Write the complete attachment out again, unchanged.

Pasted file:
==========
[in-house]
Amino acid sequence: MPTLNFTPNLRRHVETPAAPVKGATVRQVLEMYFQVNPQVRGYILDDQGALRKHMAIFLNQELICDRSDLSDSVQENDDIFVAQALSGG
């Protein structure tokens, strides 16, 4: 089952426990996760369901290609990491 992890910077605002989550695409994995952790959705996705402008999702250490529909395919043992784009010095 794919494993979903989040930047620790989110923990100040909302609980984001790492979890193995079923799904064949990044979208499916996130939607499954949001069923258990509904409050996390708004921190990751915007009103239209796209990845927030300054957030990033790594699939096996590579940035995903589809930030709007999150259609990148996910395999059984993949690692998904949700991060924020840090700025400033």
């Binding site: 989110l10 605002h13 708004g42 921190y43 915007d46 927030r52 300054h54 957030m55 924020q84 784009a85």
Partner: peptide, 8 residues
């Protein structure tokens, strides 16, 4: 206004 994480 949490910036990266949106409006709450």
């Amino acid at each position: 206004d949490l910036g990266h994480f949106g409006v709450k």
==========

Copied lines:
[in-house]
Amino acid sequence: MPTLNFTPNLRRHVETPAAPVKGATVRQVLEMYFQVNPQVRGYILDDQGALRKHMAIFLNQELICDRSDLSDSVQENDDIFVAQALSGG
């Protein structure tokens, strides 16, 4: 089952426990996760369901290609990491 992890910077605002989550695409994995952790959705996705402008999702250490529909395919043992784009010095 794919494993979903989040930047620790989110923990100040909302609980984001790492979890193995079923799904064949990044979208499916996130939607499954949001069923258990509904409050996390708004921190990751915007009103239209796209990845927030300054957030990033790594699939096996590579940035995903589809930030709007999150259609990148996910395999059984993949690692998904949700991060924020840090700025400033």
């Binding site: 989110l10 605002h13 708004g42 921190y43 915007d46 927030r52 300054h54 957030m55 924020q84 784009a85």
Partner: peptide, 8 residues
């Protein structure tokens, strides 16, 4: 206004 994480 949490910036990266949106409006709450």
């Amino acid at each position: 206004d949490l910036g990266h994480f949106g409006v709450k």